Why are hip fractures so common in elderly people?The cause is not known. Many patients will say that they sustained the fracture by falling, stumbling or tripping. There is a high probability that the fracture occurred first and the individual fell, stumbled or tripped because of it. Patients have been known to turn over in bed and fracture a hip. Hip fractures have a direct correlation with stresses and strains associated with alteration in the bone structure and blood supply associated with aging.
On home consultation, how can you be so sure, without an X ray, that the hip is fractured?Home consultation can show the characteristic deformity of a fractured hip. The ankle is turned out; on direct measurement this leg is now shorter than the opposite one; there is severe pain in the groin and on motion of the hip; and the heel cannot be raised off the bed. An X ray of course is still necessary, for it is possible to have a fractured hip in which these obvious signs are not present.
Is it possible to have a fracture without pain?It would be most unusual. Where it occurs, the bone was probably diseased before the fracture took place. Thus a patient may get a fracture through a bone that has a tumor in it. This kind of fracture may be painless.
Is there any way of preventing a hip fracture?None at all. One cannot limit one's activity in any way as an anticipatory method of avoiding a fracture in this area.
She is so old, why don't we just do nothing?Some fractures of the hip will heal even if nothing is done surgically. But while lying in bed the individual may get other very serious complications. If the patient was walking before the fracture, then the fracture is worth fixing. The risk of the operation is far less than the risk of doing nothing. It is more humane to do something than to neglect the problem and see the patient become increasingly confused and incontinent, get bedsores, and take a chance on pneumonia. With rare exceptions one is strongly advised to treat this fracture aggressively. With no other fracture has it been so poignantly demonstrated that the patient and the fracture must be treated simultaneously.
What is the best treatment?The usual hip fracture requires an operation as quickly as possible after the patient is in good general health. While not an emergency in the strict sense of the word, the operation should be done promptly. It is urgent" not only because of pain but also because lying immobile in bed can lead to congestion of the lungs, which in time can lead to pneumonia and other complications. By operating promptly, the pain is relieved and the patient can be mobilized.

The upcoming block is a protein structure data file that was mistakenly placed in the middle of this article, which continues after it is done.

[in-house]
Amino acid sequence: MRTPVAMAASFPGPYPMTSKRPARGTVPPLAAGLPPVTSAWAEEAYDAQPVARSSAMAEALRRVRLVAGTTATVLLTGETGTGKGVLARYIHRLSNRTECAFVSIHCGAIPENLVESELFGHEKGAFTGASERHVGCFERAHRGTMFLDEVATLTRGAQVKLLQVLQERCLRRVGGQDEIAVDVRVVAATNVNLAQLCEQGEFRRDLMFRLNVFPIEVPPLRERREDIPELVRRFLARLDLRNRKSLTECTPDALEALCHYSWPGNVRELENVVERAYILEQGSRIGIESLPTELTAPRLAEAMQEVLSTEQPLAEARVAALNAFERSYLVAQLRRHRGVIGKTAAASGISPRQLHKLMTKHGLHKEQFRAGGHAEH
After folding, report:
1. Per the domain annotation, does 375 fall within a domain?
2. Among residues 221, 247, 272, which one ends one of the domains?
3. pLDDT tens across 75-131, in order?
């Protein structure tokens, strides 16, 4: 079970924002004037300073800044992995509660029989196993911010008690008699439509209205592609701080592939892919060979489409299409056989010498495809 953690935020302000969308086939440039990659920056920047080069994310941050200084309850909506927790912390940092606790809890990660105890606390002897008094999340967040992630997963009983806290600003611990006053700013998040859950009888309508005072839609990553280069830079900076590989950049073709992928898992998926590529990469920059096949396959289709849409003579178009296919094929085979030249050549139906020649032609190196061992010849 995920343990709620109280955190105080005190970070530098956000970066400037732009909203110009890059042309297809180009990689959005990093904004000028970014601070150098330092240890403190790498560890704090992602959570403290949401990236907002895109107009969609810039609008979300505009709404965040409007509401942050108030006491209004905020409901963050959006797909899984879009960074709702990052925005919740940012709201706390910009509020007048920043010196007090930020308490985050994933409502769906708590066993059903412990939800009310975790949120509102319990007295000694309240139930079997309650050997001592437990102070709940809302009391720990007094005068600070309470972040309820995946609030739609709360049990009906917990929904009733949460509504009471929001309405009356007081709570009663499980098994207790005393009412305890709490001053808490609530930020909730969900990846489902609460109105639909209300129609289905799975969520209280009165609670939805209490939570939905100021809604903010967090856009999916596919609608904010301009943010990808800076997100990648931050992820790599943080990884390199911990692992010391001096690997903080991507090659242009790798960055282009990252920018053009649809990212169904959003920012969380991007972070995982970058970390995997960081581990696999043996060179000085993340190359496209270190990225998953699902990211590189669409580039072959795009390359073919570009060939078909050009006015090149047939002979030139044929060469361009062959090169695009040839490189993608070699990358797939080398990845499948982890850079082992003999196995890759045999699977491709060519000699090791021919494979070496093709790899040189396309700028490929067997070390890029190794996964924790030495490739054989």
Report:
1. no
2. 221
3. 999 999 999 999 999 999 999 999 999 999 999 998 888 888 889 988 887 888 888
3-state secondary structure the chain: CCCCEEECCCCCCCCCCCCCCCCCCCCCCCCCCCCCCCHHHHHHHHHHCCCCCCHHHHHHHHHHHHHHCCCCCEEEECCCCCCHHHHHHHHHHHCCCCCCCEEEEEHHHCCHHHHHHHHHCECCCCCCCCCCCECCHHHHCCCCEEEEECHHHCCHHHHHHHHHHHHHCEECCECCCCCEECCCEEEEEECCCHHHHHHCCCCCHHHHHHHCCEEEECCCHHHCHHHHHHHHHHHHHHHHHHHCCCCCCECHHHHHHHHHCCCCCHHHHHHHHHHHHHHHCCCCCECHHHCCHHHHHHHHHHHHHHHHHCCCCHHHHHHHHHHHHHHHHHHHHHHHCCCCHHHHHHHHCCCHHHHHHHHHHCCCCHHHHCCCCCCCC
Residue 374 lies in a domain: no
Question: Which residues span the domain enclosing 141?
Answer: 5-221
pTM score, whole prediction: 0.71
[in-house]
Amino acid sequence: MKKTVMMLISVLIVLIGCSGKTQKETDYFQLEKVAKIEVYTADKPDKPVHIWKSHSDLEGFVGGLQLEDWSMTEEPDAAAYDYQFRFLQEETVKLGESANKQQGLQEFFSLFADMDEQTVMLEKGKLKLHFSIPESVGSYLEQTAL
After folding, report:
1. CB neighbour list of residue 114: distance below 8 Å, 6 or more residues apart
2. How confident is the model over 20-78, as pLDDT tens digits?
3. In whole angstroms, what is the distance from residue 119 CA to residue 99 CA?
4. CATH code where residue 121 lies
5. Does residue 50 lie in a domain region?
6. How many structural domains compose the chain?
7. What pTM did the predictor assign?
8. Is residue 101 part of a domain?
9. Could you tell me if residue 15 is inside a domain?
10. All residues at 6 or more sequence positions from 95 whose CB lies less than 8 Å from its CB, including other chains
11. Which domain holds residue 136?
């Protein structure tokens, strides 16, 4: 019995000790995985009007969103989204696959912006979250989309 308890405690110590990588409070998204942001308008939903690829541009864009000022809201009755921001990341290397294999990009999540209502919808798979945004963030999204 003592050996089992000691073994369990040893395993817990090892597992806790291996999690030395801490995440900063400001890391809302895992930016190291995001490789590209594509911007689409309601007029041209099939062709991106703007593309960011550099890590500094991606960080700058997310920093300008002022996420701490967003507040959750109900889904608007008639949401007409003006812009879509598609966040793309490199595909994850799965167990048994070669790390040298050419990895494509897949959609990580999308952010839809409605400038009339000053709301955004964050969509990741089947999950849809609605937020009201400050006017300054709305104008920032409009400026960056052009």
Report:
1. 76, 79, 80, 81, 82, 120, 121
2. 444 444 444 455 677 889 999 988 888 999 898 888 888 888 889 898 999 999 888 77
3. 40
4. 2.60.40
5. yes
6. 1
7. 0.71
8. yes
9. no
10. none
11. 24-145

What are the complications if the operation doesn't go well?There are a number of possible complications. The hip bone (femur) has a cup shape that fits into a socket in the side of the pelvis. This is a ball and socket joint. The ball may disintegrate because it doesn't have a proper supply of blood. The socket may be so damaged that arthritis develops. If good approximation of the bony parts is not maintained, the leg may be shortened by as much as 1/2 to 3 inches. Infection is particularly dangerous, although today these hazards have been reduced by improved technology and methodology.
Other complications are those that can accompany any major surgery, particularly in an elderly patient pneumonia, stroke, heart attack, lung embolus, confusion, disorientation and kidney failure.
What is a total hip replacement operation?The operation first removes (actually excises) the entire diseased hip and reams out the diseased cartilage of the joint lining. A prosthetic artificial hip joint is then inserted as a replacement in the exact position of the removed part. The point consists of a round metal socket placed into the hip as the joint and a stem part that is fixed into the bone of the thigh. This component is held in place by a cement or bonding material such as is used by dentists to keep inlays in place. Thousands of these operations have been satisfactorily performed. The metallurgy and chemistry of the bonding material have played a large role in making them a success.
How long is recovery for hip replacement?Most hip substitution patients can stroll around the same time or following day of medical procedure; most can continue ordinary routine exercises inside the initial 2 to about a month and a half of their absolute hip substitution recuperation. When light action gets conceivable, it's critical to consolidate solid exercise into your recuperation program.
Hip Exercises – After Your Joint Replacement Surgery
At this time total replacement is done primarily as a salvage procedure in patients whose activity is severely limited by painful arthritis of the hip joint. It can completely relieve the pain.
Replacement is also undertaken if the fractured hip is so smashed that no other procedure would be effective. It can also be used as a secondary operation if the first hip operation does not offer the patient a stable, painless hip joint.